Applesauce adds that distinctive flavor to your cornbread, so if you want a little twist to your meal, then why not try adding this? It is also a very rich source of fiber, meaning that it will help to aid your digestion.

It is worth noting that applesauce contains cinnamon flavoring, which will radically alter the final flavor of your cornbread. It also contains sugar, which makes your cornbread taste sweet. So, if you want cornbread to taste like cornbread, you should avoid using applesauce.

Again, you should use around a quarter of a cup of applesauce for every egg that you would normally use in this recipe.

9. Pureed Fruit

If you are a die-hard vegan and you prefer organic ingredients, then pureed avocados, apples, and bananas are a great option. They are loaded with vitamins and the chances are you’ll already have them in your home.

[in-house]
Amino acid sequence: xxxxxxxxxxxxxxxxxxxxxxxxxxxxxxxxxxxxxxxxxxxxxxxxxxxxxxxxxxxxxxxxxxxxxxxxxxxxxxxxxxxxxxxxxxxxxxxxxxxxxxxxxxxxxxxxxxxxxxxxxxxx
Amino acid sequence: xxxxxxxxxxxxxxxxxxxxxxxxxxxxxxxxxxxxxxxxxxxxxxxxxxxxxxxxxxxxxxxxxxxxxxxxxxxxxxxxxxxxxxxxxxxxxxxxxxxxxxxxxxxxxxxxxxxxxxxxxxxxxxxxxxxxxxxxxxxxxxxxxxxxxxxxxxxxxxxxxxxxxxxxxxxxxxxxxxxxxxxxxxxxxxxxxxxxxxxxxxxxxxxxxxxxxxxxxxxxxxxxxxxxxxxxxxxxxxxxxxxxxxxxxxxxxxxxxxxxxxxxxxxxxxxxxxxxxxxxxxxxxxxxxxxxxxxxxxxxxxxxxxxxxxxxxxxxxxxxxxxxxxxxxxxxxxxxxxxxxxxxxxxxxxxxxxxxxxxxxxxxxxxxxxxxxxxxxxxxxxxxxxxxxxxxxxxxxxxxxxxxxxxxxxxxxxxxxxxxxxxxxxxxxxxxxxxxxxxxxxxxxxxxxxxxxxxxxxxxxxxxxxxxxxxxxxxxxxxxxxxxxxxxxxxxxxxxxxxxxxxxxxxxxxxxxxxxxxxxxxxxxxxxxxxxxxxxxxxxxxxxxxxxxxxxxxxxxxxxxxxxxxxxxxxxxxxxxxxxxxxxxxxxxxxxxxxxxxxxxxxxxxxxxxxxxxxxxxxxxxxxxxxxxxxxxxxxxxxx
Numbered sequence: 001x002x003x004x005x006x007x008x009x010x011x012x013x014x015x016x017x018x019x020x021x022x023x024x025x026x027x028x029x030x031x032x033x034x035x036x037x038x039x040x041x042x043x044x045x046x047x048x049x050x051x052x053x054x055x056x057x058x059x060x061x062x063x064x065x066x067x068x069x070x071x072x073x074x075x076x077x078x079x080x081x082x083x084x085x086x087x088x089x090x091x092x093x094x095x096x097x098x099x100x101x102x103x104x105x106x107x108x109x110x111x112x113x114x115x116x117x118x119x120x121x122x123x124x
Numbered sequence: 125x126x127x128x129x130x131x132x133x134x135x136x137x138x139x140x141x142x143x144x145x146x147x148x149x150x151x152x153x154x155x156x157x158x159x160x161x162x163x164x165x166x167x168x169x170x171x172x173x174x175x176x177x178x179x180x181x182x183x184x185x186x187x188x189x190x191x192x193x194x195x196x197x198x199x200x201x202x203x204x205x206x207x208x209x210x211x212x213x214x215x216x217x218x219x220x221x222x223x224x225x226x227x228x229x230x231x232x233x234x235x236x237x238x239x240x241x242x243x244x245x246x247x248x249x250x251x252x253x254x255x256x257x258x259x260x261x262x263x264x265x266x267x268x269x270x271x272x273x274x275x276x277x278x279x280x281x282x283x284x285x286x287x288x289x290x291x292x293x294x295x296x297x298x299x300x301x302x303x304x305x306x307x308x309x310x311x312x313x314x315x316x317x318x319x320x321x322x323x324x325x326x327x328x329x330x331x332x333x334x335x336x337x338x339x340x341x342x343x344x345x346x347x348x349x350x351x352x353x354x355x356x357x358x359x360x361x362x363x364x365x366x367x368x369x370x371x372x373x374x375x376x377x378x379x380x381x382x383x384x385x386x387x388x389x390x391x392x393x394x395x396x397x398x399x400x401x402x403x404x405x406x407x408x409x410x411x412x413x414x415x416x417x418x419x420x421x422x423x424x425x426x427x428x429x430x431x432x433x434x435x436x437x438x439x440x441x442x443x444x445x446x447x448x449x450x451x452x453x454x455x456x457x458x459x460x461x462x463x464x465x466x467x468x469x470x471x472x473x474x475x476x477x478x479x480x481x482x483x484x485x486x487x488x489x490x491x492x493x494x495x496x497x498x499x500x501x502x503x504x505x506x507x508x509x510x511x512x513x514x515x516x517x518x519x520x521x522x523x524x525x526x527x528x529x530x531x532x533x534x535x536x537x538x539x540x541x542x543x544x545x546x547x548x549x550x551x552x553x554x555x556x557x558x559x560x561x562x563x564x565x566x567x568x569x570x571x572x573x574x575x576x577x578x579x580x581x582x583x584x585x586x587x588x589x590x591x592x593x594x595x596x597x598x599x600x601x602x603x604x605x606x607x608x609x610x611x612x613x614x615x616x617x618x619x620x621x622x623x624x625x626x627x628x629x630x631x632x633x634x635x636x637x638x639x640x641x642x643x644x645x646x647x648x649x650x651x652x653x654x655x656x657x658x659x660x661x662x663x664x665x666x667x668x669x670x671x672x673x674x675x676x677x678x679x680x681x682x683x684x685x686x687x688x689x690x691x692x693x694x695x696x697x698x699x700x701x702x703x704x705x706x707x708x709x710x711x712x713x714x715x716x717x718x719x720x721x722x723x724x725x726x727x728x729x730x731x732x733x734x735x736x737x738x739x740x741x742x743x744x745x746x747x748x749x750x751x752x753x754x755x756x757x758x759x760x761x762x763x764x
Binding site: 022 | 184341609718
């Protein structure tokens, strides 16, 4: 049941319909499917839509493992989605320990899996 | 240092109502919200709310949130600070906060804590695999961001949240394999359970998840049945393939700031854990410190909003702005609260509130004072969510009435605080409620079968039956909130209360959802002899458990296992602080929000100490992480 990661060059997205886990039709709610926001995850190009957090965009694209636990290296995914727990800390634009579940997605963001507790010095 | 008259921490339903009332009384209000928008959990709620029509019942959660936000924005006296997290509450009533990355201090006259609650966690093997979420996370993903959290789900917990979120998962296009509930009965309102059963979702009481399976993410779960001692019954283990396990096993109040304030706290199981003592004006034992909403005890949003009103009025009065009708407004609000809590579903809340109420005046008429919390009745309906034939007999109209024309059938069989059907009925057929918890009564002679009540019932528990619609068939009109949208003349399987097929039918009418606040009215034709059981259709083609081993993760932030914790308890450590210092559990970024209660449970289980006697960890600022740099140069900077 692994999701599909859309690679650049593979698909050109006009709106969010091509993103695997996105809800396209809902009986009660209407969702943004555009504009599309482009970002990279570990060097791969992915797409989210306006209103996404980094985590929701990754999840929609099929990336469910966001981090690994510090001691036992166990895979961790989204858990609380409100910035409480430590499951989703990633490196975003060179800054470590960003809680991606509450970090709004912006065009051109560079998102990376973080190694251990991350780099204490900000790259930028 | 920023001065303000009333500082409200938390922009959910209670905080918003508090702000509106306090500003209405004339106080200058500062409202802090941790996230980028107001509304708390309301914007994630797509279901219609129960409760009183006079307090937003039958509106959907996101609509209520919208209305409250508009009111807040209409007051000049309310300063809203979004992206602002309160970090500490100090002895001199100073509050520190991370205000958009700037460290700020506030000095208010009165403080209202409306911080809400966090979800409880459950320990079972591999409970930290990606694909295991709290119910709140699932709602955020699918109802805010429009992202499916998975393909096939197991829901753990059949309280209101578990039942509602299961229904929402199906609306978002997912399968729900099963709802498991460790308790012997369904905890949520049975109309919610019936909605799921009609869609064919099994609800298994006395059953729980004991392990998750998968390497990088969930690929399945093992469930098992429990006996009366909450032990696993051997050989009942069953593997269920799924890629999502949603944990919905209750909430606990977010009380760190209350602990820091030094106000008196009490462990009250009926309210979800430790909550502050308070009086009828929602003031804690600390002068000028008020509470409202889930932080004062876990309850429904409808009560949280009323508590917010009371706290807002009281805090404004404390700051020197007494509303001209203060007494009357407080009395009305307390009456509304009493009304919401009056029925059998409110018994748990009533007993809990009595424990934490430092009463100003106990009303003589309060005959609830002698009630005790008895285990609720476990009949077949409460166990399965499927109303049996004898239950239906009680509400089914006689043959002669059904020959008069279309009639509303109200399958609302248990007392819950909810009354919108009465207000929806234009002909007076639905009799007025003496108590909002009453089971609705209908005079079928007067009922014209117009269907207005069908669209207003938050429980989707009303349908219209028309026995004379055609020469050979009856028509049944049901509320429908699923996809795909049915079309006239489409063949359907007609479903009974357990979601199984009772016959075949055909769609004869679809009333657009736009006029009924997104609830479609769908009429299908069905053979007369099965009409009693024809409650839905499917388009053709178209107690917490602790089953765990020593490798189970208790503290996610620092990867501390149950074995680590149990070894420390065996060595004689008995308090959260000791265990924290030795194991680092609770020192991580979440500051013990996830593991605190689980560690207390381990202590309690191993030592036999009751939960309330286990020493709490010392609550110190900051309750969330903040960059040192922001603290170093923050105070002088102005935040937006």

There will be a radical shift in taste and texture, but if you can deal with that, then add a quarter cup of pureed fruits for every egg.

BBC Good Food Cornbread

This is a recipe for a light and fluffy cornbread that takes only 15 minutes to prepare with very few ingredients. Great as a side for soup or stews.

Southern Cornbread

This is more of a savory cornbread that is extremely crumbly and buttery. This is flavored with bacon grease, giving it that meaty aroma.


Hopefully, some of these egg substitutes for cornbread have given you some decent ideas of the types of food that you should use.

About Maria Foster
Maria Foster
Maria Foster is a mother of 3 and she and her husband of 23 years share their home with 2 faithful dogs. Besides being CEO of the household and active in her community, Maria is the lead contributor to Food Champs and loves to try new food ideas and kitchen accessories to make easier and more delicious meals.
Maria Foster